Rachel: We found the following changes needed to be made to engage with our internal workforce:
- Which channels we use to communicate key business information and to both distinct audiences – depth of detail and information to engage
- How our employees can voice their opinions and ideas for change – so now looking to empower our employees’ representatives
- The channels we use to communicate key business information to both populations of our business, head office and operations – the tools we use and type of communication (online and offline).
- Consider generational differences and being careful not to stereotype – what’s important to different generations, how do we appeal to all and emerging generations who are joining the workforce (Gen Z).
Alicia: Did you have to do a lot of convincing internally to get a role likes yours in place? If not, how can we, in your opinion, challenge the organisations we work for to get them to embrace the importance of the Employer Brand? We know from a Glassdoor Survey conducted in 2016 that, “Job seekers read at least 6 reviews before forming an opinion of a company”.
Rachel: It’s important to remember that if you cannot have a dedicated Employer Brand resource in place, you should consider the wider support you can draw upon. With accountability for Talent Acquisition and Development, it felt best placed to be led by myself as I am closer to the challenges internally and externally with our brand perception. I presented the need to the HR Director and CEO for the project and focus. I am supported by our Head of Communications, the HR Business Partner and a trusted talent partner, Cogito. We can all view the project from different perspectives;
- HR Business Partner – the internal strategic voice of the people (close to the employee representatives)
- Head of Communications – accountable for how we communicate key messages internally and externally and via what channels
- We also used a trusted Talent Partner (Cogito) to run our internal focus groups to drive open, honest communications and anonymity
We all have a shared interest and passion in creating our culture and environment. The HR team’s strategy is centered around our key people value linked to our working culture and environment. Our objective is to create and evolve the employee experience to make us a Brilliant Place to Work.
It is important to be able to articulate to a business why you need to establish a clear EVP to present the case. You need to consider what the benefit is to the business. It doesn’t need to cost a great amount of money and you can utilise internal expertise. In a time of tight labour markets, skills shortages and fight for critical skills and knowledge, you need to understand what makes your offering attractive, authentic and distinctive, what are your USPs? Candidates have choice and, in some cases (true to NWF), they won’t need to apply for roles as they will be headhunted without leaving their desks just by having a LinkedIn profile. Use data and statistics to show how a defined EVP/EB will positively impact attraction and retention. We are very metric focused and have a lot of targets as an inhouse talent team to recruit directly (e.g. not using recruitment agencies), drive down cost to hire, reduce time to hire and, ultimately, focus on the quality of hiring through securing high potential candidates that will add value to your business.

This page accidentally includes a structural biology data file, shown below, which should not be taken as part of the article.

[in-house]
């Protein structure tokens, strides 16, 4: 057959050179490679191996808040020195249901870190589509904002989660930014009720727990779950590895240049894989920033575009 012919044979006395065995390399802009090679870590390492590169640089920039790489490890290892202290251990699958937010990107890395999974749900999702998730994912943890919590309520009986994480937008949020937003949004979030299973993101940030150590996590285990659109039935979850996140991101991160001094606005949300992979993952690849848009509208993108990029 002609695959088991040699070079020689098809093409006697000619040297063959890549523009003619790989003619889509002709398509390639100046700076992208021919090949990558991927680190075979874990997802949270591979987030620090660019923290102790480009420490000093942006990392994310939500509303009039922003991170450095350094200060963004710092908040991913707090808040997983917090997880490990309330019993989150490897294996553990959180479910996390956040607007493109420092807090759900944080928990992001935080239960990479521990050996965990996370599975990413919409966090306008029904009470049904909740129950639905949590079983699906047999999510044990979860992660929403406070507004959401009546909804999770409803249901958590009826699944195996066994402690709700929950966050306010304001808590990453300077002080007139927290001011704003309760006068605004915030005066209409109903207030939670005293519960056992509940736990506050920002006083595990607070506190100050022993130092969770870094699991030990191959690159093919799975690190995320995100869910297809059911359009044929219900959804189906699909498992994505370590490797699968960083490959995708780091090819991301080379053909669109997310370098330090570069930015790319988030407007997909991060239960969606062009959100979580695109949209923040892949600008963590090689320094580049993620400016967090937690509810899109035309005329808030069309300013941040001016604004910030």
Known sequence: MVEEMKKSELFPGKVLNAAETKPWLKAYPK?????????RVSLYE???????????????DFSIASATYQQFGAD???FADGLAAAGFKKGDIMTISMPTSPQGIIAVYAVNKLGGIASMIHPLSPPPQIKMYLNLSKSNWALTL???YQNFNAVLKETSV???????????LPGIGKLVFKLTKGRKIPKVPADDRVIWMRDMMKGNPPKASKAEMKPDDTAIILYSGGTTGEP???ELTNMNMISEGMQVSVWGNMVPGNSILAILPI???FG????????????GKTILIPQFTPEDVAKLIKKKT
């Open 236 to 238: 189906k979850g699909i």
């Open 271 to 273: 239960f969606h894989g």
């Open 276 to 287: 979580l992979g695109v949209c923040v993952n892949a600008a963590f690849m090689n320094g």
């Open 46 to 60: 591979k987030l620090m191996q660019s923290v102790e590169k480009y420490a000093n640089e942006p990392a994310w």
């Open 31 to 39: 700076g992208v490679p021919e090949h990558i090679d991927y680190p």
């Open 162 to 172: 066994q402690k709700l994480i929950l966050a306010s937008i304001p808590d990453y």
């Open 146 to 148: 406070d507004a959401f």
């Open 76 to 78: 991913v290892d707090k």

Alicia: We have spoken about transparency in some of the conversations we have had in the past and how we sometimes struggle from a HR point of view to show what we do internally. How have you managed that disconnect at Stats Perform?
Harald: To be honest, when breaking new ground and rolling out the tool to new areas, we experience the same issues and initial scepticism from time to time. However, as soon as users, and especially managers, notice the value and benefits we bring to their teams long-term it runs smoothly and we get all the required support and acceptance.
Alicia: Thank you Rachel and Harald for sharing so many exciting insights with us!